“Oh, I wouldn’t sell you anything,” the sheep said. “If I sold something, then I wouldn’t have it anymore, and then I wouldn’t be the Queen of Everything.”

“Then isn’t it more like a museum?” Read More

Isaac’s Adventures Underwater: Chapter Sixteen

Isaac waded to shore once he reached the next island. He turned to thank the turtles and octopuses, but they were gone, and they’d taken the pieces of driftwood with them. “Thank you,” he yelled to the empty waves anyway. A tentacle reached up out of the water, waved at him, and then disappeared again.

Isaac turned around, and immediately something flew at his face. He couldn’t see. He grabbed the soft, thin thing and pulled it away from him. It was a shawl, woven with intricate gray and white patterns.

He looked up when he heard the sound of a bicycle horn. Who could be riding their bicycle on the beach? But, it wasn’t a bicycle. A white swan was honking and running towards him, flapping its wings and looking rather large and terrifying.

Isaac held the shawl up like a shield and considered running back into the ocean. Could he swim around to another part of the island that swans didn’t like? And then he realized that nothing was happening.

He peeked over the edge of the shawl. The swan was watching him. “Hello?” Isaac said.

“What are you waiting for?” the swan asked. “Drape it around me. I am so tired of feathers. Do you know how much work it takes to keep them straightened and clean when all you have to work with is a beak?”

Cautiously, Isaac draped the shawl around the swan. It shivered like it was cold and somehow shook itself into a motherly looking lady in a long white dress who fussed with the shawl until she’d tied it and it hung just so.

“Are you a were-swan?” Isaac asked. He looked up. “I guess you change back when it’s noon?”

The lady laughed. “Of course not. I’m a shapeshifter. I change to whatever I want whenever I want to. Except that someone is going to curse me to only be able to change when I’m wearing this shawl.”

Wait a minute. “You mean it hasn’t happened yet?”

“Of course not. But I know it will happen someday, because I can’t change when I’m not wearing the shawl.” The lady smoothed the ends of the shawl that were dangling from where she’d knotted it.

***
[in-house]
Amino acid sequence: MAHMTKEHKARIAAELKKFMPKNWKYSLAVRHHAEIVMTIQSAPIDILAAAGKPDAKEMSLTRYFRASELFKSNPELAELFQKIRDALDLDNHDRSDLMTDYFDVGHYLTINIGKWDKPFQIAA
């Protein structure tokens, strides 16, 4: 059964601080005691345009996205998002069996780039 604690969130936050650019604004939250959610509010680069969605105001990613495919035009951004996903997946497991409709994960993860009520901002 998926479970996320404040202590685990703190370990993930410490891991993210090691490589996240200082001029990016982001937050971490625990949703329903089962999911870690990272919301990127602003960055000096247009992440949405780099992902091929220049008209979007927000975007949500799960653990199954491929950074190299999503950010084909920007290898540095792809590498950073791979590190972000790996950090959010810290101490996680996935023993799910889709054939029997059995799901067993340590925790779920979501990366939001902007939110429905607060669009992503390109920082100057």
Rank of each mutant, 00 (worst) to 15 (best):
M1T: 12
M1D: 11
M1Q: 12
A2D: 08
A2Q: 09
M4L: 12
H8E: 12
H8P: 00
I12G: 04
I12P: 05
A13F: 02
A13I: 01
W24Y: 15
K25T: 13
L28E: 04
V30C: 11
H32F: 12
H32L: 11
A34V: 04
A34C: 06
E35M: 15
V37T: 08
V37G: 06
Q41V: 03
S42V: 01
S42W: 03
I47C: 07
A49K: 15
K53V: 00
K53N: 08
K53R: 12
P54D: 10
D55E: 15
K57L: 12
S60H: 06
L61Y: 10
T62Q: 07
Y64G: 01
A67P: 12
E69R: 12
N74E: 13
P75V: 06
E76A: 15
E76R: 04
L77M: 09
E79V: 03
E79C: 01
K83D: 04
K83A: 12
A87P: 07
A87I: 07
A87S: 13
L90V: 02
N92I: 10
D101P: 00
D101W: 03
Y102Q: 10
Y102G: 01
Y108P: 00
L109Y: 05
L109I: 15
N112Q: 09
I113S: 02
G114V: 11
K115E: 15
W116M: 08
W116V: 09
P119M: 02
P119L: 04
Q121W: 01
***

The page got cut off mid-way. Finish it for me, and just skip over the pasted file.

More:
“That doesn’t make sense. How do you know it hasn’t already happened?”

The lady smiled. “Because I can’t lift the curse yet. I can cancel it after it happens, of course, but not before.”

Isaac shook his head. “I don’t understand how it can work backwards like that.”

“You are happy about the holidays before they happen, right? Sometimes weeks and weeks ahead of time?” she asked.

“But that’s not the same thing at all,” Isaac said. “That just happens because I know they’re coming. If I didn’t know about them, I wouldn’t be looking forward to anything at all.”

“Well, I suppose this could happen because I believe it will,” the lady said. She looked uncertain.

“You could try believing that it won’t happen,” Isaac said. “But believing things is hard.”

“Nonsense,” the lady said. “Everyone believes unbelievable things all the time. It’s what makes the world round.”

“Don’t you mean ‘go ’round’?” Isaac asked.

“That too, dear,” the lady said. She handed him the shawl. “Hmmm. Now let’s see…” She wrinkled her brow and tapped her chin with a finger. A few moments later, she began to shiver, and then she shook herself into a sheep.

“It worked!” Isaac said.

“Or the person changed their mind and decided not to curse me after all. I’ll have to thank all the magic users I meet, just to be safe.” The fluffy white sheep turned and looked at Isaac. “Now who are you? I don’t think we’ve met before. Are you a magic user?”

“No, I’m just Isaac. I’m here looking for a party.”

“Ah.” the sheep nodded. “I understand. I once was in your shoes. And now, I’m the Queen of Everything.”

“But what does that mean?” Isaac asked. “How can you be the queen of everything?”

“It’s a long story,” the sheep said.

Isaac’s Adventures Underwater: Chapter Fifteen

Isaac led the octopus down to the beach. “Thank you for your assistance,” the octopus said. “Now let’s swim around to the other side of the island. It will be easier for you to get to the next island on your map from there.”